Hopefully, as collegiate baseball becomes known as more of a fast track to the pros, we will be able to identify each player with the college he attended, just like football and basketball...And, as more and more pro players are identified with their school, you get more interest at the fan and alumni level supporting their programs, increasing ticket sales, donations and revenue to help grow those programs.

It's that type of association with top athletes and school pride that has made college football a great tradition and NCAA basketball a huge TV revenue generator. With new venues, more TV coverage and bigger fan bases, can baseball be far behind?

From a recruiting standpoint, we would hope that more high school players set their sites toward earning a scholarship to their favorite college as the number one goal. In essence, that change is already beginning to take shape with top prospects like Gerrit Cole, spurning a first round draft pick by the Yankees and representation by Scott Boras to become a UCLA Bruin. But, if more players opt for college like Gerrit, there has to be more incentive in terms of scholarships for them to turn the tide.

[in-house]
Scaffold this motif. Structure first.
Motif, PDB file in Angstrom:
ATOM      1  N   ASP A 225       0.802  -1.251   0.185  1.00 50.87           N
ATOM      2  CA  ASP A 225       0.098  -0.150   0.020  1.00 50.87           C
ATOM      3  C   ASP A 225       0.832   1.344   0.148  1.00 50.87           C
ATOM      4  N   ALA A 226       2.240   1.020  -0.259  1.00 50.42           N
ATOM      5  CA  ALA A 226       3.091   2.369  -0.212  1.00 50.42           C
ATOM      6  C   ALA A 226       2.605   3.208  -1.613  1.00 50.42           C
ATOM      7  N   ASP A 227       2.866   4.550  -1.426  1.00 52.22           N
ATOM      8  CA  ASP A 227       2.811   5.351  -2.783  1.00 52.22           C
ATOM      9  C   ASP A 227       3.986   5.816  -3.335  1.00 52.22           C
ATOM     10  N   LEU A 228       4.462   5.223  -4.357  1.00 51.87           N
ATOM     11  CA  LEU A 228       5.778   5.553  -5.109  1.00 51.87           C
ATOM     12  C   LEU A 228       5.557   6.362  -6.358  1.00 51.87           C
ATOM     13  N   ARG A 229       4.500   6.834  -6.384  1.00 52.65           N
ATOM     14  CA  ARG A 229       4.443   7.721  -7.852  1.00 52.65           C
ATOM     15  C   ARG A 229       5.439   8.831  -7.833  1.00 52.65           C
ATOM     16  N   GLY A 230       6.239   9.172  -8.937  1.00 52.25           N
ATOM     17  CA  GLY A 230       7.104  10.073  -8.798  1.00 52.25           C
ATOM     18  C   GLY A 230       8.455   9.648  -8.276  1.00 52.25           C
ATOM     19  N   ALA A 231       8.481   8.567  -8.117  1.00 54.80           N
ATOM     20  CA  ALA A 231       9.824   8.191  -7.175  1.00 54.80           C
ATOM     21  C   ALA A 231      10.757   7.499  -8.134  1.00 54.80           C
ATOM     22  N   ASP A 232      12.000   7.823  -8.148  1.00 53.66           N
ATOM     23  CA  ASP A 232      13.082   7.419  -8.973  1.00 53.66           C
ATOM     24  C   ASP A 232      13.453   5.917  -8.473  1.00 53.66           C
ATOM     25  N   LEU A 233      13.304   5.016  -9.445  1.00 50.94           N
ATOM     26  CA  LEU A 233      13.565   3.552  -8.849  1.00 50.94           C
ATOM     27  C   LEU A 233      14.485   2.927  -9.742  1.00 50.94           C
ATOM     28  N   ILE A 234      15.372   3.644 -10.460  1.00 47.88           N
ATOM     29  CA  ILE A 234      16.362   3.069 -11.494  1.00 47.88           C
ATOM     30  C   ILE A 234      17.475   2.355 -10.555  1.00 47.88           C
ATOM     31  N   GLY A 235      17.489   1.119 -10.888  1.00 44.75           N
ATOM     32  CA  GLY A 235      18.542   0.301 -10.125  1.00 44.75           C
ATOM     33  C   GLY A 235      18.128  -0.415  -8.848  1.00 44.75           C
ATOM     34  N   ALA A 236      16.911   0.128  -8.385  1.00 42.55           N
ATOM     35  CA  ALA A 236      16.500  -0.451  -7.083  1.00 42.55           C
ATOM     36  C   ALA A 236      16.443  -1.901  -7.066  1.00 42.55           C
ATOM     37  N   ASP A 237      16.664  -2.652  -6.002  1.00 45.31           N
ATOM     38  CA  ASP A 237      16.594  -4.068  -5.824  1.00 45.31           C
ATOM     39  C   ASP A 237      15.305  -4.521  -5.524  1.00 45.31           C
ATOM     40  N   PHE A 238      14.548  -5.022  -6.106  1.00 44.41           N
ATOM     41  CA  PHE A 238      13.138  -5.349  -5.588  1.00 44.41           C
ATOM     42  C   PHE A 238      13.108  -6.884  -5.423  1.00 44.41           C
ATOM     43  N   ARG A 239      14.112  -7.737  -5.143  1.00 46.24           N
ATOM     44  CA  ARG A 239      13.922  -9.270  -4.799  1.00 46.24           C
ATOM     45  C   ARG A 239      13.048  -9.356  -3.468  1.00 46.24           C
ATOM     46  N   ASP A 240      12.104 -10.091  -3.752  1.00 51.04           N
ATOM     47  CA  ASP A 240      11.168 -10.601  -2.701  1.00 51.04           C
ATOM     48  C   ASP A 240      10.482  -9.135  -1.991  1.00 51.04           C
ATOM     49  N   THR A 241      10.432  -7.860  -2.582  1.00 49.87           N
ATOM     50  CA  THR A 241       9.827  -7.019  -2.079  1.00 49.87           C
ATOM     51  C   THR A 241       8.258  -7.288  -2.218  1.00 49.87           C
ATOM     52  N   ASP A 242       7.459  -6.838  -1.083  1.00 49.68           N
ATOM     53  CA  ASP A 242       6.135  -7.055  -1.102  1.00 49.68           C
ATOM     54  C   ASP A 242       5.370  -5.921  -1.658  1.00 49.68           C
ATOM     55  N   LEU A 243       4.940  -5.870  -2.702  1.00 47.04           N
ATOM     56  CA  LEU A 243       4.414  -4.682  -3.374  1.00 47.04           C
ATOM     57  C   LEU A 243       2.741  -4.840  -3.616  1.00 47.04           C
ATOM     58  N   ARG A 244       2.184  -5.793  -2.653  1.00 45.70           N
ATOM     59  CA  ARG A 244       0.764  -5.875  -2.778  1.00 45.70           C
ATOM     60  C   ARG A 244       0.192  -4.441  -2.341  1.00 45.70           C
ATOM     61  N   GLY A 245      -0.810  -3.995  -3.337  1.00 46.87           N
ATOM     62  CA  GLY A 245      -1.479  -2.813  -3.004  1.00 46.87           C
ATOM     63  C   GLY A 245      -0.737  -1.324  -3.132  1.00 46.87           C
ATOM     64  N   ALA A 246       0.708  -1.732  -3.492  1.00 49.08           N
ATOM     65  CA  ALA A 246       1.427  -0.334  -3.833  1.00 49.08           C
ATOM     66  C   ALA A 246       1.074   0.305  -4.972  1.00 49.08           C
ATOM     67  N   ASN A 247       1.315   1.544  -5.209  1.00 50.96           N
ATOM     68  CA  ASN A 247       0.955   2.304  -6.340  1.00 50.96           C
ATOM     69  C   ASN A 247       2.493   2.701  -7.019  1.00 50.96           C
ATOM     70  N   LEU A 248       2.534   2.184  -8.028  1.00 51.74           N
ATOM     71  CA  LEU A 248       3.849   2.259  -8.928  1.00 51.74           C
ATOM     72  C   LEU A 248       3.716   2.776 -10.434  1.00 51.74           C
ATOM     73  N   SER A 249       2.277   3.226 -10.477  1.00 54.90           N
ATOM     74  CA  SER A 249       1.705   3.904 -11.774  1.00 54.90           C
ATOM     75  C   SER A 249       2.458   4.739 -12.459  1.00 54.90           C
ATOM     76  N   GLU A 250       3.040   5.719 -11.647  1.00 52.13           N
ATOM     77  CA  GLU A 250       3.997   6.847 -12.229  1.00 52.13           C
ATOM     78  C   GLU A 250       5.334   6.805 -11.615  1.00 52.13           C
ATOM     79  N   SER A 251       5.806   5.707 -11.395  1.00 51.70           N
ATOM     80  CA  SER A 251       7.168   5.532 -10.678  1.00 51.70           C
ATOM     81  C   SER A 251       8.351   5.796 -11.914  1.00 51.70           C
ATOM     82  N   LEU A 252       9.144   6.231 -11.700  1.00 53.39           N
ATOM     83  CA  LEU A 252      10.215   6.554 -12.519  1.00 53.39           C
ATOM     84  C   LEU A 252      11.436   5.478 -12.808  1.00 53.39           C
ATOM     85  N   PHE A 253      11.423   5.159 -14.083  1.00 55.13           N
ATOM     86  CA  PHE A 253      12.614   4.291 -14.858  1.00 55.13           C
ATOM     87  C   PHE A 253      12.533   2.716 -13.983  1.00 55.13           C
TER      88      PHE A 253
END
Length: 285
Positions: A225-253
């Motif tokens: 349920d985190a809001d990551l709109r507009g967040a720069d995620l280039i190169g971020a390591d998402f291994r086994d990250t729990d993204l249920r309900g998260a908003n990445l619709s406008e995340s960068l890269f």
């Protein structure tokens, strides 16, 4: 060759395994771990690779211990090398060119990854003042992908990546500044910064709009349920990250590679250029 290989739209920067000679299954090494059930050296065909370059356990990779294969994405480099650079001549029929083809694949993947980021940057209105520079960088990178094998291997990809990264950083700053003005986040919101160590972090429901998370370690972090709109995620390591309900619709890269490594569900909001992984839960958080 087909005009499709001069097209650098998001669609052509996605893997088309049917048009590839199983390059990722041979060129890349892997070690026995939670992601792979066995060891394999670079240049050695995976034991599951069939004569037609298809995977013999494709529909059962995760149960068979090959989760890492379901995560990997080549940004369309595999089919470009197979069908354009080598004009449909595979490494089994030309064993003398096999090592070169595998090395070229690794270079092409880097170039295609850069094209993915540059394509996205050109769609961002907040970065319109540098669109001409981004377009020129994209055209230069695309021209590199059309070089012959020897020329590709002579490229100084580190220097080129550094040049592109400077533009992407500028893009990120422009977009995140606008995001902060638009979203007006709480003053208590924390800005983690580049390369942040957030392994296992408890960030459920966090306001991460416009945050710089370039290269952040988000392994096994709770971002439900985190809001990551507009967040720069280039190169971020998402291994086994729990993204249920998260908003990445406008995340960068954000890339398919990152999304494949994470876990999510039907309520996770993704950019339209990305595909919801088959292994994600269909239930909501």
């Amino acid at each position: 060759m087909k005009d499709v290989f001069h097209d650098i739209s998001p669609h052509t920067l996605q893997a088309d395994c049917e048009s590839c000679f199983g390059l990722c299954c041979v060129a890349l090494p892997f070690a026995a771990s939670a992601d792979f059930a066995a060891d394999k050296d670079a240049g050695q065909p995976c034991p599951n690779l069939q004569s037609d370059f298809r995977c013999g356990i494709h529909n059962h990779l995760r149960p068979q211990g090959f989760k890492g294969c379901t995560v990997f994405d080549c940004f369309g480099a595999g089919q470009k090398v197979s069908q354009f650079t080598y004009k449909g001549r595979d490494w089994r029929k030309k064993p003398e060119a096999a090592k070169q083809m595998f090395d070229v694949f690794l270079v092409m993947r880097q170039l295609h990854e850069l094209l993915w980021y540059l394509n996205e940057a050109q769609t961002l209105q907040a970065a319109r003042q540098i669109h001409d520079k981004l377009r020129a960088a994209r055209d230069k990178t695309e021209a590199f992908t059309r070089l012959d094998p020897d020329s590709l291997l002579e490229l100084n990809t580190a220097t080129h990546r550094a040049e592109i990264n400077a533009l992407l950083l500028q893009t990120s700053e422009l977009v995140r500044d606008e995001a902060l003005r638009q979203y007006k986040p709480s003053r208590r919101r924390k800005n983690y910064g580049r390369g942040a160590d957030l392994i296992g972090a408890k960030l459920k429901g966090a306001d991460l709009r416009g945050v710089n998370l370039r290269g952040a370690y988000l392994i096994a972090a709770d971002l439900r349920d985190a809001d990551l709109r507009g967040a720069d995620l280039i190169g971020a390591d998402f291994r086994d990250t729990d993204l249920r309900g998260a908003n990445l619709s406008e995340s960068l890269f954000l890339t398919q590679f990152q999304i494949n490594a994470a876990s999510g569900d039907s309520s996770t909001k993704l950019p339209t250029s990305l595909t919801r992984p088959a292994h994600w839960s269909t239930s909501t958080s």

As we stated earlier, MLB scouts love college players because they have at least three years of great work ethic and discipline that is arguably more stringent than what the minors offer. The collegiate player puts more time into their off season and during the season, squeezes up to three times more games into a week than any other collegiate sport. Their day starts at 6:00AM with strength and conditioning and doesn't end until 10:00PM after study hall...everyday...fall, winter and spring.

Despite this grueling schedule, they get the least number of scholarships of any major sport. That's probably the single most issue keeping college baseball from landing every top recruit. The out of pocket costs for some families of top prospects is too much too handle.

Like football and basketball, baseball families have invested a lot of time and money with travel ball, showcases, camps and so on, yet the reward is nothing but a 25%-50% discount to the college of their choice. We like the direction that baseball is headed, but the one disconnect is the scholarship. There are 30 roster spots divided by 11.7 scholarships... there has to be a better solution.